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What is chronotherapeutics?

Chronotherapeutics  or Chronotherapy is the use of light and sometimes exercise to help reset a person’s biological circadian clock. This might be helpful in alleviating the unpleasantness of  jet lag, for shift workers, or people who either go to bed too early stay up too late, or work irregular schedules.  This type of therapy usually involves light therapy at a specific illumination, at a very specific time.
A person's internal biological rhythms are vulnerable to drifting away from local day and night, causing problems with mood, energy and sleep. Chronotherapeutics uses such therapies as bright light therapy, dawn-dusk simulation, and melatonin to resynchronize the internal clock. In many cases this has resulted in major clinical improvement and even remission of symptoms. Sleep and mood are intimately connected, and sleeping out of sync with your clock may be responsible for mood and energy problems: the shifted sleep is not just a symptom of depression.
Chronotherapeutics is a novel set of biological rhythm correction procedures designed to:
  • establish normal sleep onset time for people who cannot fall asleep until it is too late, or have trouble waking up because of fragmented sleep.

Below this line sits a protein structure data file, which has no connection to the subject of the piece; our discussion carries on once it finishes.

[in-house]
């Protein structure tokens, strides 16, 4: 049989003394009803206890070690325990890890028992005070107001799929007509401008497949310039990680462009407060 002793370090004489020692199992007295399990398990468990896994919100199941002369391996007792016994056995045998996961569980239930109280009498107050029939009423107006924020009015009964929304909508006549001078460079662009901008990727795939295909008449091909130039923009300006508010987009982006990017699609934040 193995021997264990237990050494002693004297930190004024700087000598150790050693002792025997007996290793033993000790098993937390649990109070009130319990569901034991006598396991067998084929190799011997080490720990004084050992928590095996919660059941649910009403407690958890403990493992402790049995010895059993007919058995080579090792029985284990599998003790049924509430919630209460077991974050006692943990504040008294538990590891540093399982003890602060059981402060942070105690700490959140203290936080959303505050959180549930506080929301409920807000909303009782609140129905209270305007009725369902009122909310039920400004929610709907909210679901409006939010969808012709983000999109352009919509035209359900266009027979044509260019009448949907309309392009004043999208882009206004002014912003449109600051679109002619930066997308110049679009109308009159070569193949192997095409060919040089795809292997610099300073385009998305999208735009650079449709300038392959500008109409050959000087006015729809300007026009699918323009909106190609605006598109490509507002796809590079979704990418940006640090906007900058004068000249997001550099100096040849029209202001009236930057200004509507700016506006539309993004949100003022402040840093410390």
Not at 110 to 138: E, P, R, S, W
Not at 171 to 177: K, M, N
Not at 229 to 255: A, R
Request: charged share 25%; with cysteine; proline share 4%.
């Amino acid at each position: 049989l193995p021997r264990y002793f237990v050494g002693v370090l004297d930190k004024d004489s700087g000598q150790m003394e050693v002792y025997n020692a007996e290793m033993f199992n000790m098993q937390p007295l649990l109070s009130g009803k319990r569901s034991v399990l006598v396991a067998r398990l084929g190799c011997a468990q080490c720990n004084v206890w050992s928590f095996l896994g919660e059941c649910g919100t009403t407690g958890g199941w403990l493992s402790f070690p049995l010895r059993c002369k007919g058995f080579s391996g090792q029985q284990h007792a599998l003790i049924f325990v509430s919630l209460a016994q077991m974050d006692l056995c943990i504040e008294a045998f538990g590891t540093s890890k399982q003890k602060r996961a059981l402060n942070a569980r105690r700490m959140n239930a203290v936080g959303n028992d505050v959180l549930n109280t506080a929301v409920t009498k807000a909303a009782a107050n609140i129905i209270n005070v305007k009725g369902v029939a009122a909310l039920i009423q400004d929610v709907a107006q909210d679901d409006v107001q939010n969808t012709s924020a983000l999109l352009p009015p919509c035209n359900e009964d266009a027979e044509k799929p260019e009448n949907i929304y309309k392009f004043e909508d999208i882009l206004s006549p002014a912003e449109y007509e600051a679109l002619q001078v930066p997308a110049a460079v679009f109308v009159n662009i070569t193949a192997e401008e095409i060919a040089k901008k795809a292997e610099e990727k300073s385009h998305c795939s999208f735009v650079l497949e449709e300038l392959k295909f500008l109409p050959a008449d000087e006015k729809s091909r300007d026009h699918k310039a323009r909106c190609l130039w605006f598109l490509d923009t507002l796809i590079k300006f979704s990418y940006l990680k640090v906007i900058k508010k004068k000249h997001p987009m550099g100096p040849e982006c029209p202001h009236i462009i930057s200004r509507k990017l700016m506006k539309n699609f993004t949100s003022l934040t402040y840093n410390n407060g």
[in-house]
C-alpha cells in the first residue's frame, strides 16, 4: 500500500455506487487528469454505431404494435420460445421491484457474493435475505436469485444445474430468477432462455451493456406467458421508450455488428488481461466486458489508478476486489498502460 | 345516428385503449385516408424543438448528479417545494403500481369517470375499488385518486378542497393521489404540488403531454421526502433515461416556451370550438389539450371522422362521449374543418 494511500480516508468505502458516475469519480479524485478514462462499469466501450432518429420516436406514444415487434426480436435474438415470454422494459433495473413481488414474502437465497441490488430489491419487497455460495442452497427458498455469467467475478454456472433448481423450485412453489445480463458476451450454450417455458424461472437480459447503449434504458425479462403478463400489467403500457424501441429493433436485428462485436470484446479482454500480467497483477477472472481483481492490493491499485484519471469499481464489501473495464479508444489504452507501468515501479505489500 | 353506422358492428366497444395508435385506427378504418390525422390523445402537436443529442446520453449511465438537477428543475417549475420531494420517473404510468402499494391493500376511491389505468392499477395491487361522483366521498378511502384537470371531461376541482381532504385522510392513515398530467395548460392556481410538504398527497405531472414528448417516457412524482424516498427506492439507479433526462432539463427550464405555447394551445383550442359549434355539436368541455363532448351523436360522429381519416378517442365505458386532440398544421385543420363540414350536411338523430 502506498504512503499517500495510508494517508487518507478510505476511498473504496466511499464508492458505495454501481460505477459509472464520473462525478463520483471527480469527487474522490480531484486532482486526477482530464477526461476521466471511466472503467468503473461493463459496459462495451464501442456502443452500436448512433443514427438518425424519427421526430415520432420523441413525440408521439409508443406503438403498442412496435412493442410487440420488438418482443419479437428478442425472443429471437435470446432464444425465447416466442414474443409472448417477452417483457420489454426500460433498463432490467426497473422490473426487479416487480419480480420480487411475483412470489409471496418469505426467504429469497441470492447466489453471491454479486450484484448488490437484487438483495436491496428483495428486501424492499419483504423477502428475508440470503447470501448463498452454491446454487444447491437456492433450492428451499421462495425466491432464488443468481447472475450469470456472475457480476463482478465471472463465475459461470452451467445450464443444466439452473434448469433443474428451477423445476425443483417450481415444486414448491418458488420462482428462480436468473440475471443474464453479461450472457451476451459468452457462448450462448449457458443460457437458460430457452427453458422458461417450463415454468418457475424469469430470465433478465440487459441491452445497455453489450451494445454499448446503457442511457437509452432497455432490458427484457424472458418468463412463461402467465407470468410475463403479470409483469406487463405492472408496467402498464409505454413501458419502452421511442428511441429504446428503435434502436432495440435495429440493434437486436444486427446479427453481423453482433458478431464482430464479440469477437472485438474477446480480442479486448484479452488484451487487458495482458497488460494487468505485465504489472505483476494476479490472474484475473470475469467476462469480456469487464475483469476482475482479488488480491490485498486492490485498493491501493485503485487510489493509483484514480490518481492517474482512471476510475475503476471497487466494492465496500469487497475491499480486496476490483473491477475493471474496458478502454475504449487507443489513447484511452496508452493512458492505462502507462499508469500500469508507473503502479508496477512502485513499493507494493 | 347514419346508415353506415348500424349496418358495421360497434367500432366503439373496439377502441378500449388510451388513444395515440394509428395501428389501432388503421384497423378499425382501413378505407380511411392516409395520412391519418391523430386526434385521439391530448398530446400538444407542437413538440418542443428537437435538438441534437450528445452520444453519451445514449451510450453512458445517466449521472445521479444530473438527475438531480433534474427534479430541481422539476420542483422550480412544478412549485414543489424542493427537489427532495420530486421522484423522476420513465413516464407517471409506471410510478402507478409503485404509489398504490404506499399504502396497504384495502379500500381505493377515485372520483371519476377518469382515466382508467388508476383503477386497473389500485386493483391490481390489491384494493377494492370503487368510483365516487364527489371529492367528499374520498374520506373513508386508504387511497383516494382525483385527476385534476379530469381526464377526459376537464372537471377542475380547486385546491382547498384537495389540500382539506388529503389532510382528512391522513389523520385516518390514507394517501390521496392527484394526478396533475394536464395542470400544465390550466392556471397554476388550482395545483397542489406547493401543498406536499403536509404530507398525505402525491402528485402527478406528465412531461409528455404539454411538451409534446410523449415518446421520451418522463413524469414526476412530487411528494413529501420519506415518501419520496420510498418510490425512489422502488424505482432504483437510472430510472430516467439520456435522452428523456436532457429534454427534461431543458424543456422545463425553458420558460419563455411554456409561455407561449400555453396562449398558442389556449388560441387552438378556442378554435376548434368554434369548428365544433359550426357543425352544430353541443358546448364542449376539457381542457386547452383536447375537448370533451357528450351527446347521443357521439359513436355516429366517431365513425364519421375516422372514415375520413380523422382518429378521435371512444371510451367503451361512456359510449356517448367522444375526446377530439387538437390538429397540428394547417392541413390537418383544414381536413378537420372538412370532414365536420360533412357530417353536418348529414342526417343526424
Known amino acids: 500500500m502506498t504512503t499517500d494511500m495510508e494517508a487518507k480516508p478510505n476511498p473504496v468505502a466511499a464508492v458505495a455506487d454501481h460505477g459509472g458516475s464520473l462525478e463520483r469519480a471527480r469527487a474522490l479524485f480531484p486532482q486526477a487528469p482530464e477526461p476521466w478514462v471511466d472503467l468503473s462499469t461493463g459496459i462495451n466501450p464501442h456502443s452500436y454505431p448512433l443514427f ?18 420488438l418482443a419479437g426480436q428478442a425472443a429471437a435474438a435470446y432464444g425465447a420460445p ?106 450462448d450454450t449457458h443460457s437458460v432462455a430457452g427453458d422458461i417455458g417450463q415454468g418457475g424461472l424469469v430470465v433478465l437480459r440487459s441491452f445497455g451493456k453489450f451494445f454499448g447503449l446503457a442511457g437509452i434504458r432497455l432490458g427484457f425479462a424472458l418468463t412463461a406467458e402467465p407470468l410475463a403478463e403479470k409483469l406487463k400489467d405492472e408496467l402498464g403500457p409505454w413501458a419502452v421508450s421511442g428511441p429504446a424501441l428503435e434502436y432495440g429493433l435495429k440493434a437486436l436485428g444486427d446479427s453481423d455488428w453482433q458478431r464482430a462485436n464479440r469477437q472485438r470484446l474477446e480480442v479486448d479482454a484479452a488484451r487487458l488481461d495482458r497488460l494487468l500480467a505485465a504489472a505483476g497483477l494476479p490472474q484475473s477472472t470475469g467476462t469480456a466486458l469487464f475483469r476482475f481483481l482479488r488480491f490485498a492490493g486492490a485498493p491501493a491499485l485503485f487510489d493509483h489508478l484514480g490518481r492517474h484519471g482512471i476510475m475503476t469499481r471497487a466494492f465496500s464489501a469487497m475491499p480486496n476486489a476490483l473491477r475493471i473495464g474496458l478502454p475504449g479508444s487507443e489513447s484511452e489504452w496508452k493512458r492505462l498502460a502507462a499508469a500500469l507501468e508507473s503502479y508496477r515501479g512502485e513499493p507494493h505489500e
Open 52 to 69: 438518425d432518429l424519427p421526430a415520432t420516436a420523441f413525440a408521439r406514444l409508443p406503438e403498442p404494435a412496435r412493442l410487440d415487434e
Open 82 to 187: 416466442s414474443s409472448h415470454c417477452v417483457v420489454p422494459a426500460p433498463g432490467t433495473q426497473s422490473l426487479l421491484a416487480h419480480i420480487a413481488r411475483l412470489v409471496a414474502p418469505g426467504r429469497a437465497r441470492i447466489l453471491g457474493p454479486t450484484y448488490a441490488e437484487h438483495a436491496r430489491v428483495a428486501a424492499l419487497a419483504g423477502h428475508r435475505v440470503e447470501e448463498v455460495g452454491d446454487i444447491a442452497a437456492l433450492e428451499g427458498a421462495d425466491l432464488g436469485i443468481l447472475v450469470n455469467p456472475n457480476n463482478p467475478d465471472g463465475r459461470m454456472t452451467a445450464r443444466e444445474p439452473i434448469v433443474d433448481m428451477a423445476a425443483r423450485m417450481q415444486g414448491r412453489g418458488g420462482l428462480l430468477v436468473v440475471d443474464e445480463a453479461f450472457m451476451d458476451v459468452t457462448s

• relieve winter depression (seasonal affective disorder, SAD) or the milder winter doldrums or winter blues.
  • alleviate symptoms of unipolar and bipolar depression, whether or not the depression is seasonal.
  • increase daytime alertness and reduce slumping in the afternoon and evening.
  • substitute light therapy for drugs during pregnancy.
  • improve cognitive performance, mood and sleep in adult attention deficit hyperactivity disorder.
  • work effectively when drugs have not worked, worked only partially, or cannot be tolerated.
  • work effectively in conjunction with antidepressants and mood stabilizers.

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Important: This content reflects information from various individuals and organizations and may offer alternative or opposing points of view. It should not be used for medical advice, diagnosis or treatment. As always, you should consult with your healthcare provider about your specific health needs.